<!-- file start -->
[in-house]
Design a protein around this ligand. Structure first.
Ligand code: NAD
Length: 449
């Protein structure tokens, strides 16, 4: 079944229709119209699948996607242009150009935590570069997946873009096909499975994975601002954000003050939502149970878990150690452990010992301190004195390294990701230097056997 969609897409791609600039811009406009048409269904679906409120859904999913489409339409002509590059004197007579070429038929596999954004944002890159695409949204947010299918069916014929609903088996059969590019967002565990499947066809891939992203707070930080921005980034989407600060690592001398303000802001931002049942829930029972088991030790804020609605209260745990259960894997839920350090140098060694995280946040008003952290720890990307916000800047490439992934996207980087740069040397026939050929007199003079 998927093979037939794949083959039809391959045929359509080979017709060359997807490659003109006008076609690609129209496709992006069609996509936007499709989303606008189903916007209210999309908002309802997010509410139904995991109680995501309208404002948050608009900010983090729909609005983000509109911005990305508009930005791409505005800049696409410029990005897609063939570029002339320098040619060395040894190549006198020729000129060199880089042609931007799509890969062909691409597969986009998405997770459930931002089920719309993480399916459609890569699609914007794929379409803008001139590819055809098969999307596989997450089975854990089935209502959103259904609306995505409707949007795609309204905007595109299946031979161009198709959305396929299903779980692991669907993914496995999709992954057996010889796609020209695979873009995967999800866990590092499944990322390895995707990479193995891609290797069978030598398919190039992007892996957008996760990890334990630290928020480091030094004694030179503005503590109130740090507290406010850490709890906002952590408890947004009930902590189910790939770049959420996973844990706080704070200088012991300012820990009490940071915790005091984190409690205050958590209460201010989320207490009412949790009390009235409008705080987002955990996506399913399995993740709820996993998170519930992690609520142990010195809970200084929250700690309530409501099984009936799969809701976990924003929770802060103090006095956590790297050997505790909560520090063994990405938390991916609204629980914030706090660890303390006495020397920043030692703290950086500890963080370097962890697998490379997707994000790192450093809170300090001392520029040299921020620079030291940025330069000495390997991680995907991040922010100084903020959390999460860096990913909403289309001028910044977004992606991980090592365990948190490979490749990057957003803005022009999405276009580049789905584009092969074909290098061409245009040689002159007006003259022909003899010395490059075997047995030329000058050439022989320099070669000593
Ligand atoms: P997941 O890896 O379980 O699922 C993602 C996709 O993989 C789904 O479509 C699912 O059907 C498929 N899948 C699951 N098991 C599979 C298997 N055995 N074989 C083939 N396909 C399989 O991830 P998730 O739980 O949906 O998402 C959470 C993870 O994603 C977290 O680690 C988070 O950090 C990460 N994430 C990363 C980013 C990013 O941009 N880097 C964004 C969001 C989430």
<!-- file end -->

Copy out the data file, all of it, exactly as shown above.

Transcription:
[in-house]
Design a protein around this ligand. Structure first.
Ligand code: NAD
Length: 449
């Protein structure tokens, strides 16, 4: 079944229709119209699948996607242009150009935590570069997946873009096909499975994975601002954000003050939502149970878990150690452990010992301190004195390294990701230097056997 969609897409791609600039811009406009048409269904679906409120859904999913489409339409002509590059004197007579070429038929596999954004944002890159695409949204947010299918069916014929609903088996059969590019967002565990499947066809891939992203707070930080921005980034989407600060690592001398303000802001931002049942829930029972088991030790804020609605209260745990259960894997839920350090140098060694995280946040008003952290720890990307916000800047490439992934996207980087740069040397026939050929007199003079 998927093979037939794949083959039809391959045929359509080979017709060359997807490659003109006008076609690609129209496709992006069609996509936007499709989303606008189903916007209210999309908002309802997010509410139904995991109680995501309208404002948050608009900010983090729909609005983000509109911005990305508009930005791409505005800049696409410029990005897609063939570029002339320098040619060395040894190549006198020729000129060199880089042609931007799509890969062909691409597969986009998405997770459930931002089920719309993480399916459609890569699609914007794929379409803008001139590819055809098969999307596989997450089975854990089935209502959103259904609306995505409707949007795609309204905007595109299946031979161009198709959305396929299903779980692991669907993914496995999709992954057996010889796609020209695979873009995967999800866990590092499944990322390895995707990479193995891609290797069978030598398919190039992007892996957008996760990890334990630290928020480091030094004694030179503005503590109130740090507290406010850490709890906002952590408890947004009930902590189910790939770049959420996973844990706080704070200088012991300012820990009490940071915790005091984190409690205050958590209460201010989320207490009412949790009390009235409008705080987002955990996506399913399995993740709820996993998170519930992690609520142990010195809970200084929250700690309530409501099984009936799969809701976990924003929770802060103090006095956590790297050997505790909560520090063994990405938390991916609204629980914030706090660890303390006495020397920043030692703290950086500890963080370097962890697998490379997707994000790192450093809170300090001392520029040299921020620079030291940025330069000495390997991680995907991040922010100084903020959390999460860096990913909403289309001028910044977004992606991980090592365990948190490979490749990057957003803005022009999405276009580049789905584009092969074909290098061409245009040689002159007006003259022909003899010395490059075997047995030329000058050439022989320099070669000593
Ligand atoms: P997941 O890896 O379980 O699922 C993602 C996709 O993989 C789904 O479509 C699912 O059907 C498929 N899948 C699951 N098991 C599979 C298997 N055995 N074989 C083939 N396909 C399989 O991830 P998730 O739980 O949906 O998402 C959470 C993870 O994603 C977290 O680690 C988070 O950090 C990460 N994430 C990363 C980013 C990013 O941009 N880097 C964004 C969001 C989430």